Are Your Cancellation Fees Unreasonable?

Cancellation FeesLet’s face it, the nature of travel means that it’s quite common for travellers to have to change their travel bookings.  Yet there still seems to be some inflexible and ludicrous fees involved with making changes or cancellations – particularly with airlines.

One rather extreme example was discussed on Campbell Live.  This complaint involves someone who simply wanted to change the passenger name (not even cancel) with Emirates – because she had the foresight to get an early bird booking for a cheaper price she was faced with considerable fees to make the change. See the story video here.

How do you treat travellers who need to change or cancel their booking?  I’d suggest that in such a competitive environment where travellers have a choice and can complain online about unreasonable fees you should think twice about how strict your policies are.

For airlines I think that differentiating fares based on cancellation policies is a rather unfair approach – the passengers still all get the same service if sitting in the same class of travel, so shouldn’t price be differentiated based on service differentiation, lead time of booking, supply and demand, and value added components rather than something that leaves your customers vulnerable to the situation described in the Campbell Live story?

Yes you should be compensated for last minute cancellations where you can’t replace the booking but any situation where you won’t necessarily face revenue loss a more lenient approach should be taken.

Whatever decision you make can have a long term impact on your business reputation and repeat business which has the potential to cost you a lot more than the impact of a booking change.  What do you think?

2 thoughts on “Are Your Cancellation Fees Unreasonable?

  1. Yes they are ridiculous!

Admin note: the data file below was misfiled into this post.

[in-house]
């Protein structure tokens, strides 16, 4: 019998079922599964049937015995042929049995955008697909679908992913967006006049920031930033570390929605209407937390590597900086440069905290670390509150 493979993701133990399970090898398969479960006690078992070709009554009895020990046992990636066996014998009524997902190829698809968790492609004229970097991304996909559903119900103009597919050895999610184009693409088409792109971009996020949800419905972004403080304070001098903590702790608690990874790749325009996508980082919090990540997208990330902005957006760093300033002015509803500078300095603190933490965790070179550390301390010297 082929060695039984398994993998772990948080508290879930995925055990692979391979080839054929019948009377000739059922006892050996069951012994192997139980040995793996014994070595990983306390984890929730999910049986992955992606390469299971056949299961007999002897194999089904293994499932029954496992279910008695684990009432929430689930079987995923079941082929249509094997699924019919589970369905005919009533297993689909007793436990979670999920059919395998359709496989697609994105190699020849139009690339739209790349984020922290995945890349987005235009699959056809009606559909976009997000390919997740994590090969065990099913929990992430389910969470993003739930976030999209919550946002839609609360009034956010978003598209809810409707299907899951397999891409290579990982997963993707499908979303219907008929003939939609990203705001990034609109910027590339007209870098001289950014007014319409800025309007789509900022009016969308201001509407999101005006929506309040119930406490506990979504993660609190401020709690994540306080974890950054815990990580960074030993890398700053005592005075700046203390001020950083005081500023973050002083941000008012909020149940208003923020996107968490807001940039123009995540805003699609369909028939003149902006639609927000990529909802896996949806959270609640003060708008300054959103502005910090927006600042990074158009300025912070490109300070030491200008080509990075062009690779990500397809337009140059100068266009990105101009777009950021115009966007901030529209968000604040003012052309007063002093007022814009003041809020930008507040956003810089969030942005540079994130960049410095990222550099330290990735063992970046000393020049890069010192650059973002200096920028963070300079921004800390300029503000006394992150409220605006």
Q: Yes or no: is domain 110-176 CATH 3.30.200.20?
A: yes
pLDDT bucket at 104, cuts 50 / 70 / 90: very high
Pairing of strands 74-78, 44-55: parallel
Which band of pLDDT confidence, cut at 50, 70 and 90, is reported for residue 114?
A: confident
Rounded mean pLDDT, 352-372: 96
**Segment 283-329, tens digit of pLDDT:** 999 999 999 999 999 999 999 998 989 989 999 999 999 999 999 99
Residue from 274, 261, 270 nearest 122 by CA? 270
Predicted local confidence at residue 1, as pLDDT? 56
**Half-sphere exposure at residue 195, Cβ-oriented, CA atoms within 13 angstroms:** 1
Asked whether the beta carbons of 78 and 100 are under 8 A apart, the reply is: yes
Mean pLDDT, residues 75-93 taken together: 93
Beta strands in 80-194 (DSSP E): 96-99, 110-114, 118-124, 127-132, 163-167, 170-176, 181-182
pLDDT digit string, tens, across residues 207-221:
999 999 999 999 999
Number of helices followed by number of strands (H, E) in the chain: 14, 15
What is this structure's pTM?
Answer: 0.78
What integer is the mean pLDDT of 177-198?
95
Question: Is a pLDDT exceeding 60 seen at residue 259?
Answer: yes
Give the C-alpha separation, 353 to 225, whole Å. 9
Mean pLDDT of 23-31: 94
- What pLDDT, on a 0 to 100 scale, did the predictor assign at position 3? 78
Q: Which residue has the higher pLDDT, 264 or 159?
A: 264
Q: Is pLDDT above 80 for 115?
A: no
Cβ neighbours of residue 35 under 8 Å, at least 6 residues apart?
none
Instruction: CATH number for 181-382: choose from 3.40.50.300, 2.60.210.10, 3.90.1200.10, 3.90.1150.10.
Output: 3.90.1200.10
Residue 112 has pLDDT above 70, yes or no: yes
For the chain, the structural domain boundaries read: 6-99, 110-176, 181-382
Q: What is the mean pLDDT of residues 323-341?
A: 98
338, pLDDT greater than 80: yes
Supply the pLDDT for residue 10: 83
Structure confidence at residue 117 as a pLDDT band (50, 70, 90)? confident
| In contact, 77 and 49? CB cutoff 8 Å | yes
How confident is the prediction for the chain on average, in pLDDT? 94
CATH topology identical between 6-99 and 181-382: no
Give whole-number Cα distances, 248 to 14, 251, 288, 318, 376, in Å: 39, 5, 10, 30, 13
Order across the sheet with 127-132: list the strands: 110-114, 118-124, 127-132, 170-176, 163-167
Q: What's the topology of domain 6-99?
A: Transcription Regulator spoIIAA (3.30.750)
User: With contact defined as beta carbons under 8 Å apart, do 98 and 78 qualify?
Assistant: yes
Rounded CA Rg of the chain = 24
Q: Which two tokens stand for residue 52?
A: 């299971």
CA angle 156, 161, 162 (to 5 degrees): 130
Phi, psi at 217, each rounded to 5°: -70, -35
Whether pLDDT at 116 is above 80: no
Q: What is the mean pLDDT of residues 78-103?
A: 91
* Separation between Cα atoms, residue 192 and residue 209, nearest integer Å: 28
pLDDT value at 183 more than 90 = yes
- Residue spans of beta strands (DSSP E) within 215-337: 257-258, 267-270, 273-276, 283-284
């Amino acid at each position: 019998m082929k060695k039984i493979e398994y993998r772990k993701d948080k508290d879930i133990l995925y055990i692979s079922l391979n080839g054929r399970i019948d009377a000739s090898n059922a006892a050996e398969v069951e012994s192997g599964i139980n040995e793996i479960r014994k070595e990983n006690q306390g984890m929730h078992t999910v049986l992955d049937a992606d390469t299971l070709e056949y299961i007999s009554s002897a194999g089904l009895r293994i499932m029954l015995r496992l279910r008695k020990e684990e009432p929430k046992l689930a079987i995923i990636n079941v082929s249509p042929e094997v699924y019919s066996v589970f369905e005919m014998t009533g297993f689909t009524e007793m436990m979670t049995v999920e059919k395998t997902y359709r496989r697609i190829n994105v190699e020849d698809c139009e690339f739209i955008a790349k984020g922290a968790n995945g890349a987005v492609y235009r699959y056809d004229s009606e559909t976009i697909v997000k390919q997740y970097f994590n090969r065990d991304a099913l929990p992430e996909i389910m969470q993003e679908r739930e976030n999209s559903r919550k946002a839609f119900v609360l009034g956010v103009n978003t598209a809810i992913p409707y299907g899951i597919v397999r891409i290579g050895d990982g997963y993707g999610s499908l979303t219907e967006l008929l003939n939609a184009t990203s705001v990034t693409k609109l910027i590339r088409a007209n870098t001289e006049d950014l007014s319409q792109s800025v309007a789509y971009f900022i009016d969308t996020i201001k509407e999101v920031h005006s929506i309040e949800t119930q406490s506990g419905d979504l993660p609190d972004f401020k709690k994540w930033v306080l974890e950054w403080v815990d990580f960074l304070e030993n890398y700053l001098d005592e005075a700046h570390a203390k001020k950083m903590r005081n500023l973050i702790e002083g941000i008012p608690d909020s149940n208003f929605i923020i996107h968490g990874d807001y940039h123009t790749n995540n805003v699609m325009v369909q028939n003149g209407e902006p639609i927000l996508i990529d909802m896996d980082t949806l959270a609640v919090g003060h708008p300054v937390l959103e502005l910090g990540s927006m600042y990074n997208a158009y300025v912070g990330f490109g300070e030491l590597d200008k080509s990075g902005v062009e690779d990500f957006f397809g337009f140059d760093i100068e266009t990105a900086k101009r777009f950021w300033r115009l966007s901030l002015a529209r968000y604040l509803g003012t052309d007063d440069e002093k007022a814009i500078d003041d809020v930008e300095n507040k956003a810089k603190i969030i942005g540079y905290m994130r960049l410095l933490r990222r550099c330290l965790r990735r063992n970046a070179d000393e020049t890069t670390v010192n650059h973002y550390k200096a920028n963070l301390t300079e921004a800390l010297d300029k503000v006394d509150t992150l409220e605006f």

I wanted to change a date for flights, and it was actually cheaper to go ahead and buy brand new flights. I didn’t cancel my first booking as I didn’t want the airline making even more money from another sold ticket!

  2. We have a few simple rules about cancellation fees in our accommodation businesses.

    We hate charging these fees and will do everything in our power to avoid being put in this situation.

    If we are able, we will cherry pick and not take reservations from certain segments that have a higher risk of changing/canceling their travel plans last moment.

    We have done away with the strata of different cancellation windows according to season. We now have one simple, easy to understand cancellation window.

    Our policies are easily found on our websites etc and are disclosed to our guests. Using 3rd party booking engines makes this process very easy and transparent.

    If we are running short of rooms we will often ring/TXT a pending guest as a courtesy to reestablish arrangements on the day.

    The most important rule that we follow is that we try and take some responsibility on behalf of our guests AND this means that we hardly ever need to charge.

    For the consumer, booking travel should be easy, painless and stress free. For the operator, the long game always pays off in the end.

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